I am a chronic overthinker – and it’s exhausting.
We live in such a complicated world. Almost anything we do will have a malign effect on someone, somewhere. For example, we start eating quinoa and we’re still basking in the glow of virtue when it turns out we are depriving people in Peru of a staple food by pricing it out of their reach. I think we Guardian-readers are particularly prone to this type of head-scratching activity.
I’m not knocking the Gruniad. And it’s right – essential -that we weigh up the moral consequences of our actions. But is it just me – or does anyone else find that sometimes it paralyses us?
A topical example is the whole food banks issue. I have been thinking of volunteering at my local FB for some time now. Okay, I’m scared. Scared of what I’ll see, what I’ll hear, and how powerless I’ll feel, and whether I’ll be able to cope or spiral into depression the way I have before. I don’t like admitting to such feelings. It’s altogether more socially acceptable to say that I’m deeply conflicted about participating in a charitable initiative that, certain political parties hope, will take the heat off them while they destroy the Welfare State. And that is true, to some extent. Except that while I blog about it, contemplate my navel and reach for another chocolate biscuit, people are going hungry and it’s a very long wait to the next election.
Similar dilemmas rear their head at work. I run a library in a school, a worthwhile job that I’m temperamentally suited to, but for historical reasons I won’t go into in great detail here (other than to say I used to be a committed Christian, and now that description is no longer accurate), the school I work in happens to be a faith school. If I had my time over again, I’d be a lot more critical of the concept of a faith school than I used to be – a view based on the way some of them (not specifically the one where I work) abuse their admissions policies. Does that mean I ought to resign? If I did, my principled choice would do little to change the world. Even if I joined the appropriate campaigning group and blogged about it, it would be forgotten soon enough. And a lot of children would miss me and have more limited opportunities to discover great books.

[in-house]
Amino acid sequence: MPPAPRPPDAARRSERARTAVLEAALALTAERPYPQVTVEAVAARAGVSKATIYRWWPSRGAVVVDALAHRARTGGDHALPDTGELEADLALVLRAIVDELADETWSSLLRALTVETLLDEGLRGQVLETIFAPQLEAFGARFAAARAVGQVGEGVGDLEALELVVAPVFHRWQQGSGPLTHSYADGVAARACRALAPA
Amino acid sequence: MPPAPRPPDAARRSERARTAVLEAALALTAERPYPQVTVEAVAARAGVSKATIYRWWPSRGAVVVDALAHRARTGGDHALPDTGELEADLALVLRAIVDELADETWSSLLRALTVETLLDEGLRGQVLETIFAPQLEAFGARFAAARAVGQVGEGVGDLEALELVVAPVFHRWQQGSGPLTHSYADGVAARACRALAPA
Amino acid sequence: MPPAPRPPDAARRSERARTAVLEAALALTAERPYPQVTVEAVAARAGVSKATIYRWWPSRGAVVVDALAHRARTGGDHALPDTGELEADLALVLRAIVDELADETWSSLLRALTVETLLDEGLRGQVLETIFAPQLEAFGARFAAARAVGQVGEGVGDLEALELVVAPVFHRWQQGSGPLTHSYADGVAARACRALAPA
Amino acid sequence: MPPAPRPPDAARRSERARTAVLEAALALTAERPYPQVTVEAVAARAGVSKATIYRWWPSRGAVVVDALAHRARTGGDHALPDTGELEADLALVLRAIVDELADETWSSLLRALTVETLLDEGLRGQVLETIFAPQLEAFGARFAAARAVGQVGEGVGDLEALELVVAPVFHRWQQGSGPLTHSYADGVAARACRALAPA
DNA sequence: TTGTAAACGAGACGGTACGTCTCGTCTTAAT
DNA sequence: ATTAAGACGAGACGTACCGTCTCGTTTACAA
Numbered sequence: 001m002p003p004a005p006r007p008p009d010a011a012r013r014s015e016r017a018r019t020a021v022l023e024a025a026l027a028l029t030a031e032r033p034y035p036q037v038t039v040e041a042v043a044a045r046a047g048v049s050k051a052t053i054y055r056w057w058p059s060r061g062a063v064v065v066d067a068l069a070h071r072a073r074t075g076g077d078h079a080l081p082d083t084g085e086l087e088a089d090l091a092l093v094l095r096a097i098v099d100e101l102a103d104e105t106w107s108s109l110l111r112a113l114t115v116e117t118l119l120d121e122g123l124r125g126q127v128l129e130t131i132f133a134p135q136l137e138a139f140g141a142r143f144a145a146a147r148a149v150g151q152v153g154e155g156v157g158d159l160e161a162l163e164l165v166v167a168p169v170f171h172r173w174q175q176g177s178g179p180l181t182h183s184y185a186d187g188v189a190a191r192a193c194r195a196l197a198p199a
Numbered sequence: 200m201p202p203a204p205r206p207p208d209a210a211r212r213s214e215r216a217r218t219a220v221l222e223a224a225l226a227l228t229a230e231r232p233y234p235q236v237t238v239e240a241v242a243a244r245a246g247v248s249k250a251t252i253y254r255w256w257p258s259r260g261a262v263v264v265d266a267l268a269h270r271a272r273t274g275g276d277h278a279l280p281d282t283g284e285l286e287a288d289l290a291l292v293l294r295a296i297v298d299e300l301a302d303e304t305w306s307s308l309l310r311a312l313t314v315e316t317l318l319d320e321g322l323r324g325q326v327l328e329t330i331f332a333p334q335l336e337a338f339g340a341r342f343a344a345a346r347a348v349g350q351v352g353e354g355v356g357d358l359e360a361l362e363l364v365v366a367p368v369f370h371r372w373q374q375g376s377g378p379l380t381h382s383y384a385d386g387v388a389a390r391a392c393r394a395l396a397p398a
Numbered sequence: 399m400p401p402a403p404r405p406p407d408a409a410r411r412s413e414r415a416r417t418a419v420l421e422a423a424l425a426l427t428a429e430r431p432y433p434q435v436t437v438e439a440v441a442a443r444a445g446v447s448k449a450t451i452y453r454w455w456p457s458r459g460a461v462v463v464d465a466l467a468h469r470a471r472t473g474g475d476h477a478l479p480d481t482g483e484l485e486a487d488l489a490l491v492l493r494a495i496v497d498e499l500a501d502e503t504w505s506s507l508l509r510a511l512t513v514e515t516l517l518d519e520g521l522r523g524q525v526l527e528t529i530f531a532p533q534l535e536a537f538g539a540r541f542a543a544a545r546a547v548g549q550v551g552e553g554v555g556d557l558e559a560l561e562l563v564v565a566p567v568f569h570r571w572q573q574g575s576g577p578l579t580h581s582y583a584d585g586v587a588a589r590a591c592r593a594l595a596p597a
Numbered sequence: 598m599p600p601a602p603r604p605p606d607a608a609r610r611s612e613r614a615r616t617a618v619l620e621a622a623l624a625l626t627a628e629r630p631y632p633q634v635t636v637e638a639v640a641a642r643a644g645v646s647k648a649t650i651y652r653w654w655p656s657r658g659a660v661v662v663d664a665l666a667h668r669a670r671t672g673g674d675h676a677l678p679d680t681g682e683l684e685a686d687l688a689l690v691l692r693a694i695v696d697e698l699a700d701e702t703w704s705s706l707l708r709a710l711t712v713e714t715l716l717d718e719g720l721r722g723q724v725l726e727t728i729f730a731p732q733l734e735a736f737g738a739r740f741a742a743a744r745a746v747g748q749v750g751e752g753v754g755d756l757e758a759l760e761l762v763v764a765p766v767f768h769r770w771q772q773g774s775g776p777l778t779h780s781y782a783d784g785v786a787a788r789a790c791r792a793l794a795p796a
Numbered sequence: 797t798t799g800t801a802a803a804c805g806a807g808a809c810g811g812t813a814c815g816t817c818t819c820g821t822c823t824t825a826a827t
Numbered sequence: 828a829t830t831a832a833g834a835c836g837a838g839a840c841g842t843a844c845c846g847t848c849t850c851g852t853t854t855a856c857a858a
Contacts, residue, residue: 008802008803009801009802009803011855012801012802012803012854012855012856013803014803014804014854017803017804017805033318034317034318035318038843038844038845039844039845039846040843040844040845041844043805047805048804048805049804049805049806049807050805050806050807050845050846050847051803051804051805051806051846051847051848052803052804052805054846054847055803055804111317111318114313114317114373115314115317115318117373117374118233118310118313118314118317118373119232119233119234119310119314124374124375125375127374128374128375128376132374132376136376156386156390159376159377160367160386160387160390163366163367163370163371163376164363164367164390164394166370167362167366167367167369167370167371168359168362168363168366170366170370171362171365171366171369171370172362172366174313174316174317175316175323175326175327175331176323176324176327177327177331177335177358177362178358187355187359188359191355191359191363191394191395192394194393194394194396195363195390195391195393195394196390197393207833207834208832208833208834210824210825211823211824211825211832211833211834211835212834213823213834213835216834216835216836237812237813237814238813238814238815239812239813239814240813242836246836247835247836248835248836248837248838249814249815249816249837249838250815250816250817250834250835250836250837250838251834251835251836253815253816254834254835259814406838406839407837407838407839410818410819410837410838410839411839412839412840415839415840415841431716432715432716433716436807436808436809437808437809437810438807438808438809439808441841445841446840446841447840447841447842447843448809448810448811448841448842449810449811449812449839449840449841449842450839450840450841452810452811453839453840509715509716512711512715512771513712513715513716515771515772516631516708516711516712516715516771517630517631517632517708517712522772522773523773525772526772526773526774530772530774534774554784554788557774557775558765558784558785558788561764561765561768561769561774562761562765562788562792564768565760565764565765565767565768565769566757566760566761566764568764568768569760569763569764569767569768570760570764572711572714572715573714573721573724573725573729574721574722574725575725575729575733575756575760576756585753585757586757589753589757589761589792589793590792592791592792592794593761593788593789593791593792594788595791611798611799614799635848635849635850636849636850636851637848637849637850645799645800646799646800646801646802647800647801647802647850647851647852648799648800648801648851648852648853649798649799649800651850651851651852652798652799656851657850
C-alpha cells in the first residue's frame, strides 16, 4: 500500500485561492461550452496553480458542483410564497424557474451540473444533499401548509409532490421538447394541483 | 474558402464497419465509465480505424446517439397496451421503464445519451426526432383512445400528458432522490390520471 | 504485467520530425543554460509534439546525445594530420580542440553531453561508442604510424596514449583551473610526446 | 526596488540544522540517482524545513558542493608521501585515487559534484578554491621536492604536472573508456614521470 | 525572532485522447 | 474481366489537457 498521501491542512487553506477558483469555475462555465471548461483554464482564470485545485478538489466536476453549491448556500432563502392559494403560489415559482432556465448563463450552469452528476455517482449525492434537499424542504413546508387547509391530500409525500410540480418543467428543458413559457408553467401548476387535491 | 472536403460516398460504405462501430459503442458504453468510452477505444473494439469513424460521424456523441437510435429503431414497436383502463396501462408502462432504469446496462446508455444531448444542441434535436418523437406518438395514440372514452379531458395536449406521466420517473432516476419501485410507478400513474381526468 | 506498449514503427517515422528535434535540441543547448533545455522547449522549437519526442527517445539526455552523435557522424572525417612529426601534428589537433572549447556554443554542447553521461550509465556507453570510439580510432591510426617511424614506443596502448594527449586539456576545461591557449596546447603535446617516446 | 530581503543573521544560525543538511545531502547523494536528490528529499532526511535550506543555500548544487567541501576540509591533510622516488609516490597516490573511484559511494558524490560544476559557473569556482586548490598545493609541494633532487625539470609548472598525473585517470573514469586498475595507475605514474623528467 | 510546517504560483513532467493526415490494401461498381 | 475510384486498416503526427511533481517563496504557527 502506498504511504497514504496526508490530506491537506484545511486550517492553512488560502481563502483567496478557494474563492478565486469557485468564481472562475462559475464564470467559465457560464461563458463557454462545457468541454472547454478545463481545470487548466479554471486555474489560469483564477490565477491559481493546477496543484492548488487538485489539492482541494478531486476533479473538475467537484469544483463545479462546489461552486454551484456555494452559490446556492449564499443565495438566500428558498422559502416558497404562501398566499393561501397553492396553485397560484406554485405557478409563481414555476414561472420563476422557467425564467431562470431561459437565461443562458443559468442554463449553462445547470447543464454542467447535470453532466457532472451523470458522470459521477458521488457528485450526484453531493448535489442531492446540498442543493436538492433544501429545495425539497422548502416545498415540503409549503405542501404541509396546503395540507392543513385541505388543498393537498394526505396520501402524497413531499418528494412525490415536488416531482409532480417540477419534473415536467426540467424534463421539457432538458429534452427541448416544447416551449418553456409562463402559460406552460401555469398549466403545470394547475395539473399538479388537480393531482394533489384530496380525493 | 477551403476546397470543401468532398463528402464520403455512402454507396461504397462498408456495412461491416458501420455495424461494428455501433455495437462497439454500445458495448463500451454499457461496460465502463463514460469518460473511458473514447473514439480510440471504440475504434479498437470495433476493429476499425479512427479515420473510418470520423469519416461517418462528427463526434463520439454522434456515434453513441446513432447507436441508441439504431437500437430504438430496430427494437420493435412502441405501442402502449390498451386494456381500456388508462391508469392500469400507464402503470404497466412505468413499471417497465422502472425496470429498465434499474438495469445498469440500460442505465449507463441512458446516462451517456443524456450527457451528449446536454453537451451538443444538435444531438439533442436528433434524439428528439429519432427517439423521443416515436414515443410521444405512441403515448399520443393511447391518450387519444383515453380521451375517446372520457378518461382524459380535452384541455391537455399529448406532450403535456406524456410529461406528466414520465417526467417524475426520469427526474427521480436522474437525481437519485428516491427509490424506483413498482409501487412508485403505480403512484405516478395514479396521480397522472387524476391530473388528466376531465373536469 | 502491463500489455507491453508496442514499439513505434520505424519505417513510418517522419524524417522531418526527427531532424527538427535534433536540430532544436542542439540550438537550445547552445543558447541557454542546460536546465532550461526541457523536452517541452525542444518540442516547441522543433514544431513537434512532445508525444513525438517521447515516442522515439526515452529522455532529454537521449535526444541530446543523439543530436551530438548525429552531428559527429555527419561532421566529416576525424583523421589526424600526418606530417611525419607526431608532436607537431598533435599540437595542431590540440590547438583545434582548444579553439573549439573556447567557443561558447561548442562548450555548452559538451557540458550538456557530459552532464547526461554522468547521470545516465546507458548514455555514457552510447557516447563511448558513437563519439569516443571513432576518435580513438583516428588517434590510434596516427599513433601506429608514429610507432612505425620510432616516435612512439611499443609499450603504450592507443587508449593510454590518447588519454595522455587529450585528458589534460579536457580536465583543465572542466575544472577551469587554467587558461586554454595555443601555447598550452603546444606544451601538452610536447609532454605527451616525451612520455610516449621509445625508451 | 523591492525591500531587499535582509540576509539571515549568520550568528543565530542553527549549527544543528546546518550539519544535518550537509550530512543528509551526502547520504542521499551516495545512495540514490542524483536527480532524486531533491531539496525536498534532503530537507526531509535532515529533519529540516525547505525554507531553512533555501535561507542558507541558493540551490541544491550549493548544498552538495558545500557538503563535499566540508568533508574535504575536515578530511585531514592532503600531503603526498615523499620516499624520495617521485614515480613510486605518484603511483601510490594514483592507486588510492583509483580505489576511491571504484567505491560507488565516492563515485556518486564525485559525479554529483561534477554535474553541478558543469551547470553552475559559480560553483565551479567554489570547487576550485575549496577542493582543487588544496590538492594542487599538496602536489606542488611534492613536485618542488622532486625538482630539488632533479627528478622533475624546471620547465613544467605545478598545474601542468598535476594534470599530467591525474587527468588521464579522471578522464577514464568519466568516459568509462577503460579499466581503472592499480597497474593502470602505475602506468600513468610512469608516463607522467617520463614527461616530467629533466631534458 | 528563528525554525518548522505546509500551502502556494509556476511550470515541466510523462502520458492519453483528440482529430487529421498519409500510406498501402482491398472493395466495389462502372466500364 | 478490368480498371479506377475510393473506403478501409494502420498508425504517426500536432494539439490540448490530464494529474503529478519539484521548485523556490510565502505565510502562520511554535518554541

And so it goes on. I have read many online comments over the last few months and something that stands out about so many of them is that people delight in taking the moral high ground. Or so they think. In reality, this often boils down to sneering at the columnist for taking what they considered to be the least worst option. It is regrettably true that, at least online and often in real life as well, the best way to avoid criticism is to do nothing, and we can usually find a reason to justify that choice.
Because it is a choice, isn’t it? Doing nothing, I mean. If I go back to the food bank example above, and the fears I have, I realise that what I’m doing is projecting my feelings of helplessness as I sit here, blogging and fuming, onto an imagined situation when I’m actually doing something. I feel depressed because of the state the world is in, because so many people are going to have a shit Christmas facing homelessness, penury and hunger through no fault of their own. So depressed, that my own comfortable Christmas fare turns to ashes in my mouth and ends up coming with a side order of guilt. And I remember someone saying once that depression = frozen rage. Maybe if I get out there, and actually do something, I will witness things which will break my heart and make me furious, but that isn’t necessarily the same thing as depression.
I feel as if there is a new person inside me waiting to be born, and the labour pains are just getting to the stage where I can’t deny what is happening any more. I may join a political party, or volunteer somewhere, or start going back to church. I will always have issues with organised religion, but that doesn’t necessarily mean I shouldn’t go. Because I feel, more than anything else, that I have to sign up to something and make this journey in the company of others. And time is running out. I will never find a group of people, whether they’re political, religious or just compassionate, non-aligned and decent, with whom I am completely in agreement. But isn’t it rather narcissistic to insist on that? If I help out at a food bank, frankly I don’t care what religion or none you are, or even if you’re a Tory sickened by the behaviour of your party leaders, as long as you’re beside me packing the bags.
Watch this space.